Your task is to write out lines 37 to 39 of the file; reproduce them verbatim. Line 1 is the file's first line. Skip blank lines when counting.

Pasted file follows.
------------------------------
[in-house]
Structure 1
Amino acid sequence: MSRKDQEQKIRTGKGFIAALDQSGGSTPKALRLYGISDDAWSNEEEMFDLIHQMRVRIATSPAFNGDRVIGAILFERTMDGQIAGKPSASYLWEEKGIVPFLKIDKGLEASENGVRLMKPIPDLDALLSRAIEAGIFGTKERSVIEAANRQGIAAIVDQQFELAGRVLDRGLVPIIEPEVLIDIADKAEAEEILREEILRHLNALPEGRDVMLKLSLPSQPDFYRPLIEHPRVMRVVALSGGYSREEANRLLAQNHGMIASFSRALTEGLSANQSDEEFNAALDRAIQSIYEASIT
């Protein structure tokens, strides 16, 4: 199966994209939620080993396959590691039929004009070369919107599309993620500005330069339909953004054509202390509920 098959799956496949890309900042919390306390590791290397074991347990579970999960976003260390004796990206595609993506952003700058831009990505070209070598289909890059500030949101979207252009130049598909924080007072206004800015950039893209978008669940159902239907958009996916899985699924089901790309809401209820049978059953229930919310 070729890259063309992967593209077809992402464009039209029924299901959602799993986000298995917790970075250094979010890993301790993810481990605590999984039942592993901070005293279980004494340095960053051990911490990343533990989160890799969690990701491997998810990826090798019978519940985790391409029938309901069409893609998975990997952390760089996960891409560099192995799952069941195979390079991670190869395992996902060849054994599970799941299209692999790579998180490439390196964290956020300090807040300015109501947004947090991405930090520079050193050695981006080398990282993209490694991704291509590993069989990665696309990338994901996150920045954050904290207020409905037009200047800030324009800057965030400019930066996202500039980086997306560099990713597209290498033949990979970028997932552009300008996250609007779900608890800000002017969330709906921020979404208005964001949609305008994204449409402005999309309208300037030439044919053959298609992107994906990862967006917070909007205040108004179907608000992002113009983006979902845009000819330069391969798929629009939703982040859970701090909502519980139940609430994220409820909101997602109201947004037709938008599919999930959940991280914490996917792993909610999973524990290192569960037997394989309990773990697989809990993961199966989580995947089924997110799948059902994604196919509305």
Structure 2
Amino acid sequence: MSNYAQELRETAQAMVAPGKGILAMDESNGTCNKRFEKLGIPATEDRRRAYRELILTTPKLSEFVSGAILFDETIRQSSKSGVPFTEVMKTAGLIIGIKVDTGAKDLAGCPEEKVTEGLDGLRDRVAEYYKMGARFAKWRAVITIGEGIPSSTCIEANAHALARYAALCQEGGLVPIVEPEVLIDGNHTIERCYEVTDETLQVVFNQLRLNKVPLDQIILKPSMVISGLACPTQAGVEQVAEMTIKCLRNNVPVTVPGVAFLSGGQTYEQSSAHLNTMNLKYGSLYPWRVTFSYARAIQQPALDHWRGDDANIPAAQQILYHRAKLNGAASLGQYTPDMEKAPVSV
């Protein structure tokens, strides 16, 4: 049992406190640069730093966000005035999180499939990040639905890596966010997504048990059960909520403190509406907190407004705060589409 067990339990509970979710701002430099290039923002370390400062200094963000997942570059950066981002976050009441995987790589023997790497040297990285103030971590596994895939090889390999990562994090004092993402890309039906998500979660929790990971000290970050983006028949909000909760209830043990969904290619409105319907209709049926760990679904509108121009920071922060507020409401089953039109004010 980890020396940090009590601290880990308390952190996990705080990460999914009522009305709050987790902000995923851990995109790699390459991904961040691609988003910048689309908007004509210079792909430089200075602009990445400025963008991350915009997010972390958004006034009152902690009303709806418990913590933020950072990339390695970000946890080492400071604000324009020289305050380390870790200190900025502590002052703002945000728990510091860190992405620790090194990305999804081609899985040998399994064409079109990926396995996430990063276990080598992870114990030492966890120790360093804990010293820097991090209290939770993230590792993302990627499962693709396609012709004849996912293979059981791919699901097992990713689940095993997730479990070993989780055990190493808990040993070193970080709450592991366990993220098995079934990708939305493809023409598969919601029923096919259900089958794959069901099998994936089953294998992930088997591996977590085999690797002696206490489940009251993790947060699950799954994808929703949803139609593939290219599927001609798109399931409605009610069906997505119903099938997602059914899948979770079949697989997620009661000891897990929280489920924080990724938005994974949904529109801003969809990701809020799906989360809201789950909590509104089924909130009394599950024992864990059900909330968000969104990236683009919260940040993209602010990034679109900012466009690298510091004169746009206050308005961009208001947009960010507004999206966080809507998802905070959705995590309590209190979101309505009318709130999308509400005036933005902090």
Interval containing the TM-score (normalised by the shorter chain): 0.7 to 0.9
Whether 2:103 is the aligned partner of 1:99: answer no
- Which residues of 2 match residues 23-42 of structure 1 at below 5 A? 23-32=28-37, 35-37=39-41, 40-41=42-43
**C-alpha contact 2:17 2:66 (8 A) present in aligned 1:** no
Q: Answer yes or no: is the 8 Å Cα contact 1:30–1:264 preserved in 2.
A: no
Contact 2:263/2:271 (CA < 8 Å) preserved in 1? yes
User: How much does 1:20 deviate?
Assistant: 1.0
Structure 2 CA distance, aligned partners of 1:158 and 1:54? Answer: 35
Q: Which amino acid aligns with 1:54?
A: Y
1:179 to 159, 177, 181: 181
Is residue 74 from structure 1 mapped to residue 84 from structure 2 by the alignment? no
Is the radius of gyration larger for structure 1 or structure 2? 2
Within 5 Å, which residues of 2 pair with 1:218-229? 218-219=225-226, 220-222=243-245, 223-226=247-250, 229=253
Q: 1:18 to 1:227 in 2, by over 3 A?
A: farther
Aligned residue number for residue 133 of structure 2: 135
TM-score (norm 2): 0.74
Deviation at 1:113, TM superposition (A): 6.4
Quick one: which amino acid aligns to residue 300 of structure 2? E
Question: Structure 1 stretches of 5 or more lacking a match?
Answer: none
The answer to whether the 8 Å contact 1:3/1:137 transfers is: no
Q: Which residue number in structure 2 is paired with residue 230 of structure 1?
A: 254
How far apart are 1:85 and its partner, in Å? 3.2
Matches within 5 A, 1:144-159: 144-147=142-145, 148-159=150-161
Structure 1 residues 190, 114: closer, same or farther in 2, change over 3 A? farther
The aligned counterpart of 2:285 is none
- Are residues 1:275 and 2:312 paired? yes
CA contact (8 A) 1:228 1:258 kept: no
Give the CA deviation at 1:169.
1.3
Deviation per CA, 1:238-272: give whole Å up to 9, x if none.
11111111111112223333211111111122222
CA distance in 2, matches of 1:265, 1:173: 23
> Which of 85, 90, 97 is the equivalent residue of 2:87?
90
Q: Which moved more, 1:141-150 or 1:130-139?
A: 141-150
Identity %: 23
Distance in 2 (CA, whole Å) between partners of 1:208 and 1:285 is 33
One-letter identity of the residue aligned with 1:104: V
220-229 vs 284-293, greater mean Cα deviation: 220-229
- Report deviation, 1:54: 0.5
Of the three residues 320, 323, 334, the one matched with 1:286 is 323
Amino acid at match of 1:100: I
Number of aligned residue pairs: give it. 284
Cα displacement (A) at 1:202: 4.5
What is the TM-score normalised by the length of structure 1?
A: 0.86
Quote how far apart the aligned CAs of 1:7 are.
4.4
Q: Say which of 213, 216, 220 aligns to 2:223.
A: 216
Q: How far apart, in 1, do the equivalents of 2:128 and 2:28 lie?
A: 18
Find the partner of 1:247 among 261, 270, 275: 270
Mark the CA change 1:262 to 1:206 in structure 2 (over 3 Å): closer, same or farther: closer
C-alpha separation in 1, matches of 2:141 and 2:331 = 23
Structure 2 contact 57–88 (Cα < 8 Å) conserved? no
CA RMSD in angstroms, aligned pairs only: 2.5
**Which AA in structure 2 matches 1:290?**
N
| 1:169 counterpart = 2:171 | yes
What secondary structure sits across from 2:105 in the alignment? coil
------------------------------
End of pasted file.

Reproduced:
Structure 1 residues 190, 114: closer, same or farther in 2, change over 3 A? farther
The aligned counterpart of 2:285 is none
- Are residues 1:275 and 2:312 paired? yes